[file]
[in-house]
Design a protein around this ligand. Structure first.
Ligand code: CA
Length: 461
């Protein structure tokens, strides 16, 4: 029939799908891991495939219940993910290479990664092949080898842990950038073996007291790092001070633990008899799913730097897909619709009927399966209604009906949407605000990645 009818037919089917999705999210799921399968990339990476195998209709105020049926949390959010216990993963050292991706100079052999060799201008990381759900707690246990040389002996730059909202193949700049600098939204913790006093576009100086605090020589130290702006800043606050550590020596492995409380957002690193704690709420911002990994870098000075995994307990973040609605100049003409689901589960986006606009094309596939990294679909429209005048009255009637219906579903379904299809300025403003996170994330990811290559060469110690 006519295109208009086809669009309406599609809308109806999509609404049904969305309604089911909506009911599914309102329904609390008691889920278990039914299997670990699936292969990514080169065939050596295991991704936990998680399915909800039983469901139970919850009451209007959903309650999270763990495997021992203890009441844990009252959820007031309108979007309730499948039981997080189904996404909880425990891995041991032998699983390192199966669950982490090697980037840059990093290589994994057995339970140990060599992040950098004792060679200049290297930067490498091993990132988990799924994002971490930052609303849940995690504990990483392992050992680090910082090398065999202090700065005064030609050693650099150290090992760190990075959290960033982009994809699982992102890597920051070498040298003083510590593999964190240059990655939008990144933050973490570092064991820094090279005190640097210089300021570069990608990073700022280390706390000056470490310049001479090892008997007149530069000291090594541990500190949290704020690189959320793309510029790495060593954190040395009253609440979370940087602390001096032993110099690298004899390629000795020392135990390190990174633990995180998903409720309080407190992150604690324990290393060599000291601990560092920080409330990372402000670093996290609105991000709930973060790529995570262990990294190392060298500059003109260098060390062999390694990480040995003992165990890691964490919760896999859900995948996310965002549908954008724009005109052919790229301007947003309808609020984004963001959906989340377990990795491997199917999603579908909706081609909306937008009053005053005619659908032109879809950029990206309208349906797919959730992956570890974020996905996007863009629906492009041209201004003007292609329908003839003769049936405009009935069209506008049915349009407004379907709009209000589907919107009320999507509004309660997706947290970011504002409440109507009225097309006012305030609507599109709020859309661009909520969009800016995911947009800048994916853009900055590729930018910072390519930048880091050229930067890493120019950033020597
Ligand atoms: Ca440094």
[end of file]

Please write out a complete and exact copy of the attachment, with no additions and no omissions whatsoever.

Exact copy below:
[in-house]
Design a protein around this ligand. Structure first.
Ligand code: CA
Length: 461
């Protein structure tokens, strides 16, 4: 029939799908891991495939219940993910290479990664092949080898842990950038073996007291790092001070633990008899799913730097897909619709009927399966209604009906949407605000990645 009818037919089917999705999210799921399968990339990476195998209709105020049926949390959010216990993963050292991706100079052999060799201008990381759900707690246990040389002996730059909202193949700049600098939204913790006093576009100086605090020589130290702006800043606050550590020596492995409380957002690193704690709420911002990994870098000075995994307990973040609605100049003409689901589960986006606009094309596939990294679909429209005048009255009637219906579903379904299809300025403003996170994330990811290559060469110690 006519295109208009086809669009309406599609809308109806999509609404049904969305309604089911909506009911599914309102329904609390008691889920278990039914299997670990699936292969990514080169065939050596295991991704936990998680399915909800039983469901139970919850009451209007959903309650999270763990495997021992203890009441844990009252959820007031309108979007309730499948039981997080189904996404909880425990891995041991032998699983390192199966669950982490090697980037840059990093290589994994057995339970140990060599992040950098004792060679200049290297930067490498091993990132988990799924994002971490930052609303849940995690504990990483392992050992680090910082090398065999202090700065005064030609050693650099150290090992760190990075959290960033982009994809699982992102890597920051070498040298003083510590593999964190240059990655939008990144933050973490570092064991820094090279005190640097210089300021570069990608990073700022280390706390000056470490310049001479090892008997007149530069000291090594541990500190949290704020690189959320793309510029790495060593954190040395009253609440979370940087602390001096032993110099690298004899390629000795020392135990390190990174633990995180998903409720309080407190992150604690324990290393060599000291601990560092920080409330990372402000670093996290609105991000709930973060790529995570262990990294190392060298500059003109260098060390062999390694990480040995003992165990890691964490919760896999859900995948996310965002549908954008724009005109052919790229301007947003309808609020984004963001959906989340377990990795491997199917999603579908909706081609909306937008009053005053005619659908032109879809950029990206309208349906797919959730992956570890974020996905996007863009629906492009041209201004003007292609329908003839003769049936405009009935069209506008049915349009407004379907709009209000589907919107009320999507509004309660997706947290970011504002409440109507009225097309006012305030609507599109709020859309661009909520969009800016995911947009800048994916853009900055590729930018910072390519930048880091050229930067890493120019950033020597
Ligand atoms: Ca440094």